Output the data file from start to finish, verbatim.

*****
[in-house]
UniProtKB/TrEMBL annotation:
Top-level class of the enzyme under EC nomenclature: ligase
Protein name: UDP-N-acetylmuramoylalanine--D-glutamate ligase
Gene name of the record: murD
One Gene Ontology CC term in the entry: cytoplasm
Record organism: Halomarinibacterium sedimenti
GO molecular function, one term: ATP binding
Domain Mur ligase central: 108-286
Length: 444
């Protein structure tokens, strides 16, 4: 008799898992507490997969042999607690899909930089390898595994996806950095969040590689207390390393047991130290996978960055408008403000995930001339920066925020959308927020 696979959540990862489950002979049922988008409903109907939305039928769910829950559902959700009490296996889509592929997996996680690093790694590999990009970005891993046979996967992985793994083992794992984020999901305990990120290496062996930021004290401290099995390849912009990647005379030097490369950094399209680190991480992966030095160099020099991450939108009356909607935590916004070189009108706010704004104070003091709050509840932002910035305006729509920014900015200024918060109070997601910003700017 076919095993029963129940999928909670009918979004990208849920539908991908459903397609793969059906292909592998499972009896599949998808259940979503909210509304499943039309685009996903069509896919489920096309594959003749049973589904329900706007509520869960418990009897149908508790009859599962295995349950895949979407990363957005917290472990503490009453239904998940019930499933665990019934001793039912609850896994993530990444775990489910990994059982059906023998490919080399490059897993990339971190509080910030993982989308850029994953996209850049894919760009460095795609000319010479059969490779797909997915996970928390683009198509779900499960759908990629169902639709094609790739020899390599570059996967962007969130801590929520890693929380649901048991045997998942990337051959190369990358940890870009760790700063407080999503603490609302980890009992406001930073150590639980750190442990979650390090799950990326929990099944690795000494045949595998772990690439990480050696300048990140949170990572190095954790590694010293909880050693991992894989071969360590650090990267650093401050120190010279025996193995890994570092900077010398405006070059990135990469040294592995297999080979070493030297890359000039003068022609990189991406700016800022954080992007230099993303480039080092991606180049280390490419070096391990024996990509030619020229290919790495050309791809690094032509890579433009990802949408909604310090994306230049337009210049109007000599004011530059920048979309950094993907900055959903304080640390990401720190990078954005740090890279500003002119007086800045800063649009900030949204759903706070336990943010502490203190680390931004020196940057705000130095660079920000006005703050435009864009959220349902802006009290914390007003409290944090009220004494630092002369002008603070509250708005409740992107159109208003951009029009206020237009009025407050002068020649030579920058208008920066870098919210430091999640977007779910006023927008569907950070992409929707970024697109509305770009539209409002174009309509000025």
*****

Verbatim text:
[in-house]
UniProtKB/TrEMBL annotation:
Top-level class of the enzyme under EC nomenclature: ligase
Protein name: UDP-N-acetylmuramoylalanine--D-glutamate ligase
Gene name of the record: murD
One Gene Ontology CC term in the entry: cytoplasm
Record organism: Halomarinibacterium sedimenti
GO molecular function, one term: ATP binding
Domain Mur ligase central: 108-286
Length: 444
């Protein structure tokens, strides 16, 4: 008799898992507490997969042999607690899909930089390898595994996806950095969040590689207390390393047991130290996978960055408008403000995930001339920066925020959308927020 696979959540990862489950002979049922988008409903109907939305039928769910829950559902959700009490296996889509592929997996996680690093790694590999990009970005891993046979996967992985793994083992794992984020999901305990990120290496062996930021004290401290099995390849912009990647005379030097490369950094399209680190991480992966030095160099020099991450939108009356909607935590916004070189009108706010704004104070003091709050509840932002910035305006729509920014900015200024918060109070997601910003700017 076919095993029963129940999928909670009918979004990208849920539908991908459903397609793969059906292909592998499972009896599949998808259940979503909210509304499943039309685009996903069509896919489920096309594959003749049973589904329900706007509520869960418990009897149908508790009859599962295995349950895949979407990363957005917290472990503490009453239904998940019930499933665990019934001793039912609850896994993530990444775990489910990994059982059906023998490919080399490059897993990339971190509080910030993982989308850029994953996209850049894919760009460095795609000319010479059969490779797909997915996970928390683009198509779900499960759908990629169902639709094609790739020899390599570059996967962007969130801590929520890693929380649901048991045997998942990337051959190369990358940890870009760790700063407080999503603490609302980890009992406001930073150590639980750190442990979650390090799950990326929990099944690795000494045949595998772990690439990480050696300048990140949170990572190095954790590694010293909880050693991992894989071969360590650090990267650093401050120190010279025996193995890994570092900077010398405006070059990135990469040294592995297999080979070493030297890359000039003068022609990189991406700016800022954080992007230099993303480039080092991606180049280390490419070096391990024996990509030619020229290919790495050309791809690094032509890579433009990802949408909604310090994306230049337009210049109007000599004011530059920048979309950094993907900055959903304080640390990401720190990078954005740090890279500003002119007086800045800063649009900030949204759903706070336990943010502490203190680390931004020196940057705000130095660079920000006005703050435009864009959220349902802006009290914390007003409290944090009220004494630092002369002008603070509250708005409740992107159109208003951009029009206020237009009025407050002068020649030579920058208008920066870098919210430091999640977007779910006023927008569907950070992409929707970024697109509305770009539209409002174009309509000025």